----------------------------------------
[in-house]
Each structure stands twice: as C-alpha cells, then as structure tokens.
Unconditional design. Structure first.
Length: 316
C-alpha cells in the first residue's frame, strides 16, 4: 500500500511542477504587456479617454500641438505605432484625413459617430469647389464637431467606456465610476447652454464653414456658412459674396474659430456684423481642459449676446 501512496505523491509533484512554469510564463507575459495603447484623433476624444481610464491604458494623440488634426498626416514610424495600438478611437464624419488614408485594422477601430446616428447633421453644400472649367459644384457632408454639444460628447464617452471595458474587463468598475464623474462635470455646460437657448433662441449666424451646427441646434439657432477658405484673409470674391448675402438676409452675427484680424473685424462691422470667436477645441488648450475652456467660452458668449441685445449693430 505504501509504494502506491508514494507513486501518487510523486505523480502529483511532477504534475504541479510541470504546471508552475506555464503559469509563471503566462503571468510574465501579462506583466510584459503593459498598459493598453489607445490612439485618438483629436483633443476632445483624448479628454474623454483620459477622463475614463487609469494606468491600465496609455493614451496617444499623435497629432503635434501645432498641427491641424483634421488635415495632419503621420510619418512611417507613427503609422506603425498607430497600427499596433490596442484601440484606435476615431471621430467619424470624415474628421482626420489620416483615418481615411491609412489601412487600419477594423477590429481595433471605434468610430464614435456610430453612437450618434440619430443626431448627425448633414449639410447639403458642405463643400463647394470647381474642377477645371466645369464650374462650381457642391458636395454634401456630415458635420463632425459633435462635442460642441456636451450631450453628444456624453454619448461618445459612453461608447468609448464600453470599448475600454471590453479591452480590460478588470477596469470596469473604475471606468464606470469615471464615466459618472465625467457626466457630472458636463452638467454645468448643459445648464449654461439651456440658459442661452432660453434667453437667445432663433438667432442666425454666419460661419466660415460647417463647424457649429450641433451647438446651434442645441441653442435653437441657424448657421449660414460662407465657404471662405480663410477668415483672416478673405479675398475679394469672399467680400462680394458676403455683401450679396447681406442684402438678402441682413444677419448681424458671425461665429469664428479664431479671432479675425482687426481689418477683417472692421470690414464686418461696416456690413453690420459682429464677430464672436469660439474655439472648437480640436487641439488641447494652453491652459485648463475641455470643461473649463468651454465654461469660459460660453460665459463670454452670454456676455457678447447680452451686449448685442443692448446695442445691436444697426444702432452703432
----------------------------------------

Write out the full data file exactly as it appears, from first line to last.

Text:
[in-house]
Each structure stands twice: as C-alpha cells, then as structure tokens.
Unconditional design. Structure first.
Length: 316
C-alpha cells in the first residue's frame, strides 16, 4: 500500500511542477504587456479617454500641438505605432484625413459617430469647389464637431467606456465610476447652454464653414456658412459674396474659430456684423481642459449676446 501512496505523491509533484512554469510564463507575459495603447484623433476624444481610464491604458494623440488634426498626416514610424495600438478611437464624419488614408485594422477601430446616428447633421453644400472649367459644384457632408454639444460628447464617452471595458474587463468598475464623474462635470455646460437657448433662441449666424451646427441646434439657432477658405484673409470674391448675402438676409452675427484680424473685424462691422470667436477645441488648450475652456467660452458668449441685445449693430 505504501509504494502506491508514494507513486501518487510523486505523480502529483511532477504534475504541479510541470504546471508552475506555464503559469509563471503566462503571468510574465501579462506583466510584459503593459498598459493598453489607445490612439485618438483629436483633443476632445483624448479628454474623454483620459477622463475614463487609469494606468491600465496609455493614451496617444499623435497629432503635434501645432498641427491641424483634421488635415495632419503621420510619418512611417507613427503609422506603425498607430497600427499596433490596442484601440484606435476615431471621430467619424470624415474628421482626420489620416483615418481615411491609412489601412487600419477594423477590429481595433471605434468610430464614435456610430453612437450618434440619430443626431448627425448633414449639410447639403458642405463643400463647394470647381474642377477645371466645369464650374462650381457642391458636395454634401456630415458635420463632425459633435462635442460642441456636451450631450453628444456624453454619448461618445459612453461608447468609448464600453470599448475600454471590453479591452480590460478588470477596469470596469473604475471606468464606470469615471464615466459618472465625467457626466457630472458636463452638467454645468448643459445648464449654461439651456440658459442661452432660453434667453437667445432663433438667432442666425454666419460661419466660415460647417463647424457649429450641433451647438446651434442645441441653442435653437441657424448657421449660414460662407465657404471662405480663410477668415483672416478673405479675398475679394469672399467680400462680394458676403455683401450679396447681406442684402438678402441682413444677419448681424458671425461665429469664428479664431479671432479675425482687426481689418477683417472692421470690414464686418461696416456690413453690420459682429464677430464672436469660439474655439472648437480640436487641439488641447494652453491652459485648463475641455470643461473649463468651454465654461469660459460660453460665459463670454452670454456676455457678447447680452451686449448685442443692448446695442445691436444697426444702432452703432